The ONE organ responsible for high blood pressure.
What does high blood pressure in the morning mean?
Many people have abnormally high blood pressure in the morningBlood pressure fluctuates naturally throughout the day and tends to increase around the time a person wakes up. However, for many people, blood pressure may be abnormally high in the mornings. Doctors refer to this as morning hypertension.
Morning hypertension can increase the risk of heart attack and stroke. These medical emergencies often occurTrusted Source in the early hours when blood pressure rises. In this article, we explore the causes and effects of morning hypertension. We also look at ways in which people can prevent and control this condition.
CausesSome potential causes of morning hypertension include those below.
MedicationSome people take antihypertensive medications to control their blood pressure. According to a 2018 reviewTrusted Source, uncontrolled morning hypertension may indicate a problem with the type or dosage of these medications. Specifically, morning hypertension may be due to one or more of the following factors:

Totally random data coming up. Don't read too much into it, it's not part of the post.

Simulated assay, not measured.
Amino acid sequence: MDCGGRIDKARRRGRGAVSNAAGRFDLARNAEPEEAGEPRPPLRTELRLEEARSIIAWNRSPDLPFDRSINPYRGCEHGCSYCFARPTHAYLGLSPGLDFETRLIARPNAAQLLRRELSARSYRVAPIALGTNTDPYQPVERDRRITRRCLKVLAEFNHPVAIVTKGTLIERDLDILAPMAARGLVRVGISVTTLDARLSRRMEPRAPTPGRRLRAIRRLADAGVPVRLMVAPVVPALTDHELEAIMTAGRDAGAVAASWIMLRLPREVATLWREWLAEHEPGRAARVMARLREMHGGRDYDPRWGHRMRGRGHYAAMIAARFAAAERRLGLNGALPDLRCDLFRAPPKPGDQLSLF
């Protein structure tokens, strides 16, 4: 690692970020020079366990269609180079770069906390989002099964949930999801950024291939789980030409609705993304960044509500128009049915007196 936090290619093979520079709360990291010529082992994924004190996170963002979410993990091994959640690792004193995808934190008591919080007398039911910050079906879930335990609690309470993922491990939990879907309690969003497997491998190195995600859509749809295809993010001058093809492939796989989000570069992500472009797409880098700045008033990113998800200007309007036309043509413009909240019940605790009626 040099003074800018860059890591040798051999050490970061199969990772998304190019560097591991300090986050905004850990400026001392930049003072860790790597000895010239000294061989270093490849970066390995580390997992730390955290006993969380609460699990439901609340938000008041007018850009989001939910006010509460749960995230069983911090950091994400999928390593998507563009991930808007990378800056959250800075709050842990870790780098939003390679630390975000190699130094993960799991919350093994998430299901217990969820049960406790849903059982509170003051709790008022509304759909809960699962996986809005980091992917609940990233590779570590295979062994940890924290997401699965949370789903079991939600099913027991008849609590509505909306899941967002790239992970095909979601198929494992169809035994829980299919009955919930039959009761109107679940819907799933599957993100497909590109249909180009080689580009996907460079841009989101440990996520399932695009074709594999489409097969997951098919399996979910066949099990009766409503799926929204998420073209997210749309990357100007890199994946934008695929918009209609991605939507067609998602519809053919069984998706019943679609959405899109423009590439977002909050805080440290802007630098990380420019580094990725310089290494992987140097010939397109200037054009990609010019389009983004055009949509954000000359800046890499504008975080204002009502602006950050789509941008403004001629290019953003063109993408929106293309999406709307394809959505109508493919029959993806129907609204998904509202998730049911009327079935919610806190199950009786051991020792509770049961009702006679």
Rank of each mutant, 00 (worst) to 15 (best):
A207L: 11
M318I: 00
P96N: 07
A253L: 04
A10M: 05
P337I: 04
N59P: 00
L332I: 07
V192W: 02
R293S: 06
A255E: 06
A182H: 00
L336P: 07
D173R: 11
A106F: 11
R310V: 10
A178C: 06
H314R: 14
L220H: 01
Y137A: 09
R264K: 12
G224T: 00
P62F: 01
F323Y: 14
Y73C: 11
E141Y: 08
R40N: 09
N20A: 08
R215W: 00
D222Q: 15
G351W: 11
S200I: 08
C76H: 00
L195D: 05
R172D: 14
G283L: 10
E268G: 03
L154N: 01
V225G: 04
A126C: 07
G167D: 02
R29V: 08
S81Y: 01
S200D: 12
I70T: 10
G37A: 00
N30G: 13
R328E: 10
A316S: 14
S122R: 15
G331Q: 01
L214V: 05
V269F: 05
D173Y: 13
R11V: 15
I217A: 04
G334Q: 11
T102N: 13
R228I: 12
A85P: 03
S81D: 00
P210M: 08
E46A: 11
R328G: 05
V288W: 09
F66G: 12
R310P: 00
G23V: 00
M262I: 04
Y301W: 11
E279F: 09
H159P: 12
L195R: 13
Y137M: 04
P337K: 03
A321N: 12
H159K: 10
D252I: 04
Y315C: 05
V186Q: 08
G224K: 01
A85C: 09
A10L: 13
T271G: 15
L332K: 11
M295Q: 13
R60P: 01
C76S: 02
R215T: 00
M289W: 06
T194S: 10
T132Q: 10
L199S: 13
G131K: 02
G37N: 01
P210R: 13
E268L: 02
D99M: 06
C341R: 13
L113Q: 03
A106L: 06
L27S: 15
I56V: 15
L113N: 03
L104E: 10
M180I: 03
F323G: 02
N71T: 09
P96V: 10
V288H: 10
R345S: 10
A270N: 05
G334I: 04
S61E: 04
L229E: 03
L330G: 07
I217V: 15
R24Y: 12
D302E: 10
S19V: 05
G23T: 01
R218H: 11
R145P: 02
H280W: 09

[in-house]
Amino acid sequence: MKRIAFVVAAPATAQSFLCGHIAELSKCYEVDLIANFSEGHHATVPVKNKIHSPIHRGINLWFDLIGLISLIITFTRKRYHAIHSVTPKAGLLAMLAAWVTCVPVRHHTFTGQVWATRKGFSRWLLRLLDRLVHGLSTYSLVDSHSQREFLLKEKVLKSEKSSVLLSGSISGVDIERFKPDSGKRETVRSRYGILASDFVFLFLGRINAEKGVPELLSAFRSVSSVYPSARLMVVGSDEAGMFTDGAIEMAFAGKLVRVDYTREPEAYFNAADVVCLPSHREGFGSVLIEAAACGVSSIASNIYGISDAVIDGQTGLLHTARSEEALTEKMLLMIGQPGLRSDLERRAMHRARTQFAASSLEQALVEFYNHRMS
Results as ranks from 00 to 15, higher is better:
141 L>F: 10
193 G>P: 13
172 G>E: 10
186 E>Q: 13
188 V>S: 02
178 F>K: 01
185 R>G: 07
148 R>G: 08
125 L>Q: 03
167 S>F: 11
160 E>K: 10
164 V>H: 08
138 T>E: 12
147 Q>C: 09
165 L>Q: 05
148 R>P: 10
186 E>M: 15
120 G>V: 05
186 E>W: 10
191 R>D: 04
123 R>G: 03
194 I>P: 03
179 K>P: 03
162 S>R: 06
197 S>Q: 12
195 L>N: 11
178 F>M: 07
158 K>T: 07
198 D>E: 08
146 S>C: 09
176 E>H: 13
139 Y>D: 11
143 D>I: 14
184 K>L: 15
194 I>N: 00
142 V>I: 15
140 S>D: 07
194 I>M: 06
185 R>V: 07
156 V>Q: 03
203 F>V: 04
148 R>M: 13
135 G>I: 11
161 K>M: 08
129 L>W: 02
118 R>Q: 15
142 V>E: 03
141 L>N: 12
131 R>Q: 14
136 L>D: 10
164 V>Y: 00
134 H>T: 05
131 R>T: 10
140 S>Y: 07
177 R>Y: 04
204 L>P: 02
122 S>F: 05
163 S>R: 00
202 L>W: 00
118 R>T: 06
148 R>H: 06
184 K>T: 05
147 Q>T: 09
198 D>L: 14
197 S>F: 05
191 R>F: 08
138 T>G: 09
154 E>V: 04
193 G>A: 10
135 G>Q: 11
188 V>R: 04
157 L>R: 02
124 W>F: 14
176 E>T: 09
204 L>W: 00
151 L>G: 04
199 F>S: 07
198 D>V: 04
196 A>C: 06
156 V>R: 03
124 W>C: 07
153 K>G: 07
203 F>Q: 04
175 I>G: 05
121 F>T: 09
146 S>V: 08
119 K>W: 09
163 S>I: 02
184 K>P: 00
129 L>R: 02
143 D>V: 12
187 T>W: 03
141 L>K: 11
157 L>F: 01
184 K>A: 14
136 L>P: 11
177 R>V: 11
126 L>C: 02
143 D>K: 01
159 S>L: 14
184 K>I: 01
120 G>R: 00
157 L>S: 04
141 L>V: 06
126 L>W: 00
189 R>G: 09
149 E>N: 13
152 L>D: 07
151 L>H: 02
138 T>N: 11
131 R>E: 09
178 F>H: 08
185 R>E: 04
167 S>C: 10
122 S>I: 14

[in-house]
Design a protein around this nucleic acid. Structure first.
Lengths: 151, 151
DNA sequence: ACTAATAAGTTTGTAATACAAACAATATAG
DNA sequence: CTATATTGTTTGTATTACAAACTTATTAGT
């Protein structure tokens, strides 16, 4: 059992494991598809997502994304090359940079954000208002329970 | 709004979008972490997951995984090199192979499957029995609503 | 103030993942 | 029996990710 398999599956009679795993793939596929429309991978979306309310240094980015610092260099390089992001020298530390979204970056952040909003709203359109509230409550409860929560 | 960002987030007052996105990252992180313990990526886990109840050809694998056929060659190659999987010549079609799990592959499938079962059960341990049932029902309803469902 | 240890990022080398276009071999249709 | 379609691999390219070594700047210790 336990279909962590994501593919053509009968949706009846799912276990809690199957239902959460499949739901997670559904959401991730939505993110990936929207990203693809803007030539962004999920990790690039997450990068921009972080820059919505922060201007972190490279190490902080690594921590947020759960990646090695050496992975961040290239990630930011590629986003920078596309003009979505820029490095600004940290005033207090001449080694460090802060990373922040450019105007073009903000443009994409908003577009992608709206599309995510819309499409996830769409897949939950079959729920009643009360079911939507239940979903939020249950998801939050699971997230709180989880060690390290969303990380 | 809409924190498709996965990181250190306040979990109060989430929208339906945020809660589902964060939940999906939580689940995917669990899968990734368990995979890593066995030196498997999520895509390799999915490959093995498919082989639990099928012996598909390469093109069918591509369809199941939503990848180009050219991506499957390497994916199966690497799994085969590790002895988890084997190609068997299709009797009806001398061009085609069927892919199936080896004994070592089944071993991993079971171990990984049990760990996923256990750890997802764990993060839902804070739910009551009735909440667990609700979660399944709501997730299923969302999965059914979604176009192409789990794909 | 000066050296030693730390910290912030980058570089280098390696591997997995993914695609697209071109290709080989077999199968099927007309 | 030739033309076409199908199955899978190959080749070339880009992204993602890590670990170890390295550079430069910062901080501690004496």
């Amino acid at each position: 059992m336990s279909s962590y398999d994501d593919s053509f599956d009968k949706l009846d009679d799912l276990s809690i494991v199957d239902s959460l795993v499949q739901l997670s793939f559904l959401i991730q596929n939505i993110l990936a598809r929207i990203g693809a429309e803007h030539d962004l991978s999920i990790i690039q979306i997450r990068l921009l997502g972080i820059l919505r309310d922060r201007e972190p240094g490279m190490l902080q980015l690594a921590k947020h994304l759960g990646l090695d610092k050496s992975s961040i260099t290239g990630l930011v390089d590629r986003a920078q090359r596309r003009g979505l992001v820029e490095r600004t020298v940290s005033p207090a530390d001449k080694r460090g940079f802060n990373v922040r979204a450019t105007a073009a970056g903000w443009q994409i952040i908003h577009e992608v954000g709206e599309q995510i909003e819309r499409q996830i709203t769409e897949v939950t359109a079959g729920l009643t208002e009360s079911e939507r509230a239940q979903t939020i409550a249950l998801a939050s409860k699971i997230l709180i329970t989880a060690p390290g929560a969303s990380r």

- taking a medication dosage that is too low
- taking short-acting or intermediate-acting medications rather than long-acting medications
- taking a single antihypertensive medication rather than a combination of medications
Medical conditionsCertain medical conditions may increase the risk of hypertension. These include:
- untreated high blood pressure
- high cholesterol
- cardiovascular disease
- obstructive sleep apnea
- thyroid disorders
- Cushing’s syndrome
- kidney disease
Lifestyle factorsCertain lifestyle factors can also increase the risk of hypertension. Examples include:
- heavy alcohol consumption
- eating a diet high in salt and saturated fat
- not getting enough exercise
Who is at risk?The following factors can increase a person’s risk of developing morning hypertension:
- being over the age of 65 years
- being of African or Caribbean descent
- having a relative with high blood pressure
- having overweight or obesity
- drinking alcohol
- anxiety or excessive stress
- insufficient sleep
- disturbed sleep, for example, working night shifts